The Belgian has the talent and, more importantly, the mental strength to cope with the pressure of filling the massive void left by the Frenchman in the Bianconeri's midfield
Replacing Paul Pogba would be a daunting task for most players - but not Axel Witsel. Nothing fazes him. Not any more. Not since August 30, 2009.
It was on that night that the then Standard Liege starlet became public enemy No.1 in Belgium for a reckless challenge on Anderlecht defender Marcin Wasilewski that left the Pole with a right leg broken so badly that he would be out of action for just under a year.
Witsel denied that he had deliberately tried to injure his opponent. "There was no foul play involved," he said at the time. "It wasn't intentional. I don't enter the pitch to break legs; that is not my style. I went in hard to protect myself. We both went for the ball and, unfortunately, I hit him. I apologised to him several times already. I am really sorry. I am not a bad person."
Not everyone shared that opinion. Witsel, who was banned for eight games for the challenge, was insulted in the street. He received hate mail and death threats. Stones were thrown through the windows of his family home. Unsurprisingly, the tackle, and subsequent fall-out, changed Witsel irrevocably.
"There is an Axel before the tackle, and an Axel after," his father, Thierry, explained two years later. "His character became more closed. You could see in his face that he was touched by the storm around him..."
However, Witsel dealt with the flak - no mean feat for a 20-year-old kid. "He created a thick skin and became mentally strong and balanced," Thierry added.
Leaving Liege for Lisbon certainly helped Witsel put the affair behind him, with the midfielder joining Benfica for a fee of €9 million during the summer of 2011. He penned a five-year contract with the Portuguese outfit but he stayed just one, with Zenit paying €40m to take him to St Petersburg in the summer of 2012. The deal took Witsel by surprise but it was an offer that Benfica simply could not refuse.
He initially struggled to settle in Russia and the fact that his arrival - along with that of Hulk from Porto - upset several members of the Zenit squad hardly helped matters. "Why would foreigners earn three times more than the best players in the team?" Russia captain Igor Denisov fumed in an interview with Sport Express. "That's why I asked for a pay rise. But I was axed by the coach instead. If Hulk and Witsel were at the same level as Messi and Ronaldo it would be fine, but they are not, so why do we have this imbalance in wages then?"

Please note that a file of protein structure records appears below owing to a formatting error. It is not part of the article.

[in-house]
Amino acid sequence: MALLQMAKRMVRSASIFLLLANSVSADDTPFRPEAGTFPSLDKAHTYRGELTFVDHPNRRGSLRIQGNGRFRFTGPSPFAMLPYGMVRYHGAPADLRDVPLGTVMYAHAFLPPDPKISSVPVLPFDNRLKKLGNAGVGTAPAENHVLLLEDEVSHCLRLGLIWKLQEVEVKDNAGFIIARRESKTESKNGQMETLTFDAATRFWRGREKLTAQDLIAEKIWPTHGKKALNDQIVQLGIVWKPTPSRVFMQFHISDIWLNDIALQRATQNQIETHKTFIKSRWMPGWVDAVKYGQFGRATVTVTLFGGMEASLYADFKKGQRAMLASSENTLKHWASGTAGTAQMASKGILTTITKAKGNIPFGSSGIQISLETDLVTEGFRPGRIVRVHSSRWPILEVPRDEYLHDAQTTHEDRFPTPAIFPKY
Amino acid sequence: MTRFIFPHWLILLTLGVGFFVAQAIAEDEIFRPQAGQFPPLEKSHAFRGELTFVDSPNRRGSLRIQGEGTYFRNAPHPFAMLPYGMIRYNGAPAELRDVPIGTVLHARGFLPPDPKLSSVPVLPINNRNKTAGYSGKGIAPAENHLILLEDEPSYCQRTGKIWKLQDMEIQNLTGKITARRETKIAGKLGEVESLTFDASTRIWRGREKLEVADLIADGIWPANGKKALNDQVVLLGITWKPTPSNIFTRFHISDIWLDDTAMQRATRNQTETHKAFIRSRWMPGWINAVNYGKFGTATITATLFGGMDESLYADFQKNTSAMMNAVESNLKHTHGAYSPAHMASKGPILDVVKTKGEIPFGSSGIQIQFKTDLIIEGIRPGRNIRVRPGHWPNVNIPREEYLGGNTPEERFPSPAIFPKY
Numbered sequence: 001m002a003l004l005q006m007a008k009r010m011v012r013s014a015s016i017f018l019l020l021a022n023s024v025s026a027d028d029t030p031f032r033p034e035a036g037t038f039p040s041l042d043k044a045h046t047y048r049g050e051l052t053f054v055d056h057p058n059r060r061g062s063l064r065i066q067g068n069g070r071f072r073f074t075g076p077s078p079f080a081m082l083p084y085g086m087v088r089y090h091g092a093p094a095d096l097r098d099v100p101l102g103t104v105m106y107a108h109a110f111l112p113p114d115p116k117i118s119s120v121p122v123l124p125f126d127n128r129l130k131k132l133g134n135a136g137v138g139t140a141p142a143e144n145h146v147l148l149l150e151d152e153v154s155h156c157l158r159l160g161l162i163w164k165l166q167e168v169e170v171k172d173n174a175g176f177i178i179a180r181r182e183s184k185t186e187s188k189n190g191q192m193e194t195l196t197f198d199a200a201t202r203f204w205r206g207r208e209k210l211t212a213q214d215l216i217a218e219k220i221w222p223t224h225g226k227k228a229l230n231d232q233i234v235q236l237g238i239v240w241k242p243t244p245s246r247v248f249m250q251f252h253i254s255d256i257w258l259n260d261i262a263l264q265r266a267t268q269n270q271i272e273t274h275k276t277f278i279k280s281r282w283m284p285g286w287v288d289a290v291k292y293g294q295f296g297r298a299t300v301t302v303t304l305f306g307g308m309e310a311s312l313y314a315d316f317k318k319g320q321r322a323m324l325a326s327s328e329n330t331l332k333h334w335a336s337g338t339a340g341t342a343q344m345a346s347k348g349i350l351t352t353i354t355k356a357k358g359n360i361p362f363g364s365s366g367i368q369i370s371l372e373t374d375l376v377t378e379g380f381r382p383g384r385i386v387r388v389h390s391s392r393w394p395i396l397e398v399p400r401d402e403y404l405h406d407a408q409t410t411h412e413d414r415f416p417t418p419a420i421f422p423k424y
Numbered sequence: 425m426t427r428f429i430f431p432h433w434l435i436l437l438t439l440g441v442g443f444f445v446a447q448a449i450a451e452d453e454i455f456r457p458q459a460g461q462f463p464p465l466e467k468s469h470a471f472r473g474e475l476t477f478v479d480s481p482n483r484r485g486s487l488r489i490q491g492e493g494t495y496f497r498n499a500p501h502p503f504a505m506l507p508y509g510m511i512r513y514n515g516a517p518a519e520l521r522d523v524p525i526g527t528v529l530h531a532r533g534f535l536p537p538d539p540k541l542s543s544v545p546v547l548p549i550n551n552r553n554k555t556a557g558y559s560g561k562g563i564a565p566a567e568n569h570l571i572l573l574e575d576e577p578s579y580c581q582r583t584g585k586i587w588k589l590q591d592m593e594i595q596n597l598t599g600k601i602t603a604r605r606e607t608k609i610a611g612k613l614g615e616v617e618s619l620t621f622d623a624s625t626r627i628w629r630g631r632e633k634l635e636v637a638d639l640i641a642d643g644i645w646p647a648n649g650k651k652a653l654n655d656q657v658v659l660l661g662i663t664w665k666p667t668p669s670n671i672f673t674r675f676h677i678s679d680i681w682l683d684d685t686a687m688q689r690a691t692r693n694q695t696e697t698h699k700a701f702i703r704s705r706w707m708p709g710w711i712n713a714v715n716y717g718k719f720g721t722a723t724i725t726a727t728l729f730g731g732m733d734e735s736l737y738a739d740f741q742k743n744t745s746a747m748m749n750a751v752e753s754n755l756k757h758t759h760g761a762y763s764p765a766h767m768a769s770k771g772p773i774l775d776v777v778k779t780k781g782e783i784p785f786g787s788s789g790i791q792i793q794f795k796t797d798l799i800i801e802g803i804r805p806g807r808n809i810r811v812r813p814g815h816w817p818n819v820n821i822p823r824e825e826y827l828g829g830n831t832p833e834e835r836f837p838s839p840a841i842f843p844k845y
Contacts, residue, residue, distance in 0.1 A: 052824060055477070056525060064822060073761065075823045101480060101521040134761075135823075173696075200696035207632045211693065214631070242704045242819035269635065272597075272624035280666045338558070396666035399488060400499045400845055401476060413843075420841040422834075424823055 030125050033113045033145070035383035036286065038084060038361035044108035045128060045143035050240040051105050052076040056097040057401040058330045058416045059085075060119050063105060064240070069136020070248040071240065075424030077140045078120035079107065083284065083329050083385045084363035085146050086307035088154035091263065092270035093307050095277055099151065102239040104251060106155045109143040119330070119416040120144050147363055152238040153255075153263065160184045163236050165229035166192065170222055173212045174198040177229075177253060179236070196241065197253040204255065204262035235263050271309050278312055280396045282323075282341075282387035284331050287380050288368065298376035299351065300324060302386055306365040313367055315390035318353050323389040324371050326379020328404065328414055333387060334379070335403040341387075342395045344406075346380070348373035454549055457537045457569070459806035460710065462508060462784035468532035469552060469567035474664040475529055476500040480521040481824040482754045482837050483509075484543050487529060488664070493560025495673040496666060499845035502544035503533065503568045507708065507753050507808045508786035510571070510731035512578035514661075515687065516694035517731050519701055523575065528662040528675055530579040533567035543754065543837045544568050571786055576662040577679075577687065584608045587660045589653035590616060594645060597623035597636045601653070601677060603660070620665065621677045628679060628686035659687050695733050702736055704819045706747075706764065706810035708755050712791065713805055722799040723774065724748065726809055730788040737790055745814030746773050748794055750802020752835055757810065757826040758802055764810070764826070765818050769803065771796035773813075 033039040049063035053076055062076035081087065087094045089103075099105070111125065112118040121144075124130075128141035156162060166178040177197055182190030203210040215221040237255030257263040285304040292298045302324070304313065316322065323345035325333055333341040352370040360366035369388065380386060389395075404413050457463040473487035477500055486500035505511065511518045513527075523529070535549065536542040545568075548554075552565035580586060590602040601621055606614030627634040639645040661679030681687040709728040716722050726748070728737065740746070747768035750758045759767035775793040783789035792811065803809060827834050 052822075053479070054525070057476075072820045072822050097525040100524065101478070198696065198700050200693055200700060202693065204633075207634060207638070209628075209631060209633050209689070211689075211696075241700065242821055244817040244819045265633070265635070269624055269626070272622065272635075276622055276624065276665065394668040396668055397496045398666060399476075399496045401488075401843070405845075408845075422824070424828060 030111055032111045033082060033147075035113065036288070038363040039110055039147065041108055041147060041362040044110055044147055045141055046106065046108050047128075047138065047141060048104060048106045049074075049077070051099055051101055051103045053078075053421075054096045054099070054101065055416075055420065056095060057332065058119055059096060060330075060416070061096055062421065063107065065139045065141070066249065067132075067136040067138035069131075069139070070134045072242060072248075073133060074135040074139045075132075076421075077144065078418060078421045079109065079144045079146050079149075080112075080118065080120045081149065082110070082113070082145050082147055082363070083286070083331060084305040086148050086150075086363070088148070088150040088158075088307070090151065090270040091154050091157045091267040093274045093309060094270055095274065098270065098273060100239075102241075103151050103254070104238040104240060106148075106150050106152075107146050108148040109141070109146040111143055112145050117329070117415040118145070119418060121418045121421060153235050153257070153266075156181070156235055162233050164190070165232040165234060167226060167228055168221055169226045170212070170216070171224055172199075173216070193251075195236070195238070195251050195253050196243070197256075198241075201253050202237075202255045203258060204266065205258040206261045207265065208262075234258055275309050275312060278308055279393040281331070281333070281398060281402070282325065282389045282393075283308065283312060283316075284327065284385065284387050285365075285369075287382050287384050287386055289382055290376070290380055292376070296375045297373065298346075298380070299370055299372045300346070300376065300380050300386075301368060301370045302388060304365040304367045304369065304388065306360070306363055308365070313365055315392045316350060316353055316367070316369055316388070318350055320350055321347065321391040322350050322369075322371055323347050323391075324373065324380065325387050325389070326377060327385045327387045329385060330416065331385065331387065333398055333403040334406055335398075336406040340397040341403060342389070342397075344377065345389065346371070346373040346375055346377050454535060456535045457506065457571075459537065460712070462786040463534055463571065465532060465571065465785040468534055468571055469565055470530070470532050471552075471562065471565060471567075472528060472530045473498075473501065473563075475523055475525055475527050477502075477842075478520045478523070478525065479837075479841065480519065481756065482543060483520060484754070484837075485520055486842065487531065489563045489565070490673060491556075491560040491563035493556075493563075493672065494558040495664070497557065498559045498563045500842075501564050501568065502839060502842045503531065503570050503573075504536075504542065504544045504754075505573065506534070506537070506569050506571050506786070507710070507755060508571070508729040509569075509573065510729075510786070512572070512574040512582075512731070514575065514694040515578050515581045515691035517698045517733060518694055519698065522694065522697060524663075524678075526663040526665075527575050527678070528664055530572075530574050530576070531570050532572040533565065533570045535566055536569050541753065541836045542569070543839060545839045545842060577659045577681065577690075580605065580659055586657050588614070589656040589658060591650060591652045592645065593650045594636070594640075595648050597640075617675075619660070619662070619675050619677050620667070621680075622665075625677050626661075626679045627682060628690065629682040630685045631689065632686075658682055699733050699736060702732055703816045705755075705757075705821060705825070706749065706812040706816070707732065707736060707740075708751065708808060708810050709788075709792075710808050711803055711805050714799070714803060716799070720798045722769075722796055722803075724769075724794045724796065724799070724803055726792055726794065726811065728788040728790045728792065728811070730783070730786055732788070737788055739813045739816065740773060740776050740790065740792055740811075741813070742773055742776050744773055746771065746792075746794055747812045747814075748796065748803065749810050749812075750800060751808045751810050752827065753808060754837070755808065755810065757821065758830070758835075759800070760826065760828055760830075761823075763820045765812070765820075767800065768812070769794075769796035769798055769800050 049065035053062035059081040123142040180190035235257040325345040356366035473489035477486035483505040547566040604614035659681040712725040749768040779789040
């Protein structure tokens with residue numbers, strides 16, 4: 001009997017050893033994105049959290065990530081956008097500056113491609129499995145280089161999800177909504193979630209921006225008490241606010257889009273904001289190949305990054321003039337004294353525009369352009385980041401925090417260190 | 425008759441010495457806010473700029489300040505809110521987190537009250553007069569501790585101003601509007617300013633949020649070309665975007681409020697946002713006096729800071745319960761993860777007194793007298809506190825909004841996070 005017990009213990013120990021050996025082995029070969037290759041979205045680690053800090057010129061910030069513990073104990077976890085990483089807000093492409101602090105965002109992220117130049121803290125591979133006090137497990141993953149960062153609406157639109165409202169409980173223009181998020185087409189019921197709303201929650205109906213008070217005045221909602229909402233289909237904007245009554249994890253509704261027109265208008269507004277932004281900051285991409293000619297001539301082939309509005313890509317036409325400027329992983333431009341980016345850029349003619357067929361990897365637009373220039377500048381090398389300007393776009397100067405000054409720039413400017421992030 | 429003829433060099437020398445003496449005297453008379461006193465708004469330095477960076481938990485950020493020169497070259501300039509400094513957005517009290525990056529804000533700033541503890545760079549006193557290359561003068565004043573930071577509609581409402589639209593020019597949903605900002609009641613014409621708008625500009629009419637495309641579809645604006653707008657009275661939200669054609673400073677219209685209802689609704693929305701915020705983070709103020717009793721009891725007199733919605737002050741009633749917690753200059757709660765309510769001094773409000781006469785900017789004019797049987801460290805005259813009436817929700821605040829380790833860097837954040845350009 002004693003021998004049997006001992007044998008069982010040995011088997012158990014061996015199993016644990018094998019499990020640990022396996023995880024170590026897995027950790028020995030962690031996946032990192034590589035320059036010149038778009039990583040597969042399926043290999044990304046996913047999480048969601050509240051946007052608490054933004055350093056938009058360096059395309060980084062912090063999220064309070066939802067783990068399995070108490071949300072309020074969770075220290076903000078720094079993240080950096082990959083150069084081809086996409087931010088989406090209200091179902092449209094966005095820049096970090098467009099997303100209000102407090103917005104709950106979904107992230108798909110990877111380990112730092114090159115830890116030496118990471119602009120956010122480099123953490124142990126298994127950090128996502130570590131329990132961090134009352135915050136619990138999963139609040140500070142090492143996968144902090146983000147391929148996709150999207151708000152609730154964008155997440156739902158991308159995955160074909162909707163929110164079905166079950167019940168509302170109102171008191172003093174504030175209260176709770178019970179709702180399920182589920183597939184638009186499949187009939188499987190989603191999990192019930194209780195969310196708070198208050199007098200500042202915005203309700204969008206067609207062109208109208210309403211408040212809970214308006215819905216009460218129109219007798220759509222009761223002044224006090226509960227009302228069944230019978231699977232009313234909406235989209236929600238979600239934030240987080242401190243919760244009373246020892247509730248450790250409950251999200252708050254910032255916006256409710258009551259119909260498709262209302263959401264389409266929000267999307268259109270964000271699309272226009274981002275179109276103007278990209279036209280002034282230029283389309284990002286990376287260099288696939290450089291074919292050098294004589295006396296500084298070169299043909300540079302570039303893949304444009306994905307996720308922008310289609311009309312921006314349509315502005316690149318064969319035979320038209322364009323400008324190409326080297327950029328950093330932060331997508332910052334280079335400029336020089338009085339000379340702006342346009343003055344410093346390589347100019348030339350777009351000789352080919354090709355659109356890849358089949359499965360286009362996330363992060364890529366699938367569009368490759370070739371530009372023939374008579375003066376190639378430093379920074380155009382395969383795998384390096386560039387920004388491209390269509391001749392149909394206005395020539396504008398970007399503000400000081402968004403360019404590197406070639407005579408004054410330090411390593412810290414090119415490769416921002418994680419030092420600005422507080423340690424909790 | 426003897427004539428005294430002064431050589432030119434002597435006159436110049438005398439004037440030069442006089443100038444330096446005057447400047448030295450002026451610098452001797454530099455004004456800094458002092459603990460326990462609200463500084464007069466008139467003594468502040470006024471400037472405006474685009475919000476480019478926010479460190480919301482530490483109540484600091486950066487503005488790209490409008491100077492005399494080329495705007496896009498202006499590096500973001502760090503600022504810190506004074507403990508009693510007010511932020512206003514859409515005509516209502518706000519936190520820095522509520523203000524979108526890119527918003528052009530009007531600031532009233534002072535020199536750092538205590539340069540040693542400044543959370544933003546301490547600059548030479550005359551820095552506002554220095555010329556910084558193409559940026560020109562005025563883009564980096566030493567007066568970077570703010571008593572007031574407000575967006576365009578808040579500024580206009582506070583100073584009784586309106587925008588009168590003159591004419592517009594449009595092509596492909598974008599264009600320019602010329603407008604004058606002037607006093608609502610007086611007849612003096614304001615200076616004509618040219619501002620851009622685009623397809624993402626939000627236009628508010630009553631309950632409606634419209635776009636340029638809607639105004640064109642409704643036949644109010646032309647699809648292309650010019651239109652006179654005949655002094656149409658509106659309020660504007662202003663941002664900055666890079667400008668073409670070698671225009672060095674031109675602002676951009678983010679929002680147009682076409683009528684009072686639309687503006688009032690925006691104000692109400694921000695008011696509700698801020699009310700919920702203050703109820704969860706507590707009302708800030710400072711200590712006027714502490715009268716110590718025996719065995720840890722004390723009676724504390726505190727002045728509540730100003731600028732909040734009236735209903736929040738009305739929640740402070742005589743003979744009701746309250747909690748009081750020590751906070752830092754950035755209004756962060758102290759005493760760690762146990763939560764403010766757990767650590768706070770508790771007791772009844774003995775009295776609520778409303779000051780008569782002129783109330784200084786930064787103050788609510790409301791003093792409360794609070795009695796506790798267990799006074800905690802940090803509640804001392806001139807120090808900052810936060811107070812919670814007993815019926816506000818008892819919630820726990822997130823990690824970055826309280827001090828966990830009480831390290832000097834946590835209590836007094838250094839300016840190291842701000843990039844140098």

However, Witsel, with his awesome mix of power and technique, gradually won over not only his team-mates but also the club's fans. The appointment of Andre Villas-Boas as coach in March 2014 proved crucial.
Witsel had been a winger in his youth but he was converted into a No.6 by Jorge Jesus at Benfica and operated as a defensive midfielder under previous Zenit boss Luciano Spalletti. However, Villas-Boas pushed him further forward so as to make the most of his precision passing.
"I like to be offensive and move forward, and that is the difference from a personal point of view," Witsel admitted last year. "I play more offensively with Villas-Boas than during Spalletti’s time."
His best performances at international level have also come as a box-to-box midfielder, with his man of the match-winning display against Republic of Ireland at Euro 2016 the most recent case in point.
Like so many of his compatriots, Witsel wasn't always played in his preferred role by Marc Wilmots but the former Belgium boss does deserve credit for having put his faith in a player whose ill-discipline had always been a major cause for concern.
"When I took over [in 2012], we needed a special player in midfield," Wilmots told Sportmasta in 2014. "I gave that task to Axel. The media in Belgium were very surprised about it but with him, the structure of my team was complete.
"When something like the Wasilewski incident happens, you're always sad. It was an accident and doesn’t just happen on a football pitch.
“It was very sad for Wasilewski and, for Axel, it was a difficult moment. But these are the moments you learn the most from in your life. Wasilewski came out of it okay and Axel did, too. I think they both have become stronger."
Indeed, while several midfielders have been linked with Juve in recent days, including Blaise Matuidi and Nemanja Matic, none have the resilience and mental toughness of Witsel.
Furthermore, he is ready and willing to embrace the challenge. He has been open about his desire to join Juve since first being touted as a potential replacement for Pogba last summer. "This is a super team with a beautiful project to become again what it was in the days of [Zinedine] Zidane and [Pavel] Nedved," he told Sudinfo. "[Turin] is a destination that would suit me."
Also in Juve's favour is the fact that Zenit are ready to sell a player who has just one year left on his contract, while Paris Saint-Germain are reluctant to let Matuidi join a rival (at least not for anything less than €35m) and new Chelsea boss Antonio Conte has made it clear that Matic is a key part of his plans: "He is ideal for my style of play."
The €25m asking price remains an issue, with Juve presently unwilling to go above €18m. Witsel has already told Zenit that he wants to leave but coach Mircea Lucescu has confirmed that the Russians will play hard ball. "The club placed a high valuation on him because he is an important player, one of international level," the Romanian told Calciomercato.
Unsurprisingly, though, Witsel isn't getting too worked about all of the speculation. "We will see what happens," he said recently. "I have never worried about a move and won't do so now." As Witsel knows only too well, there are worse things to endure in life than a protracted transfer saga.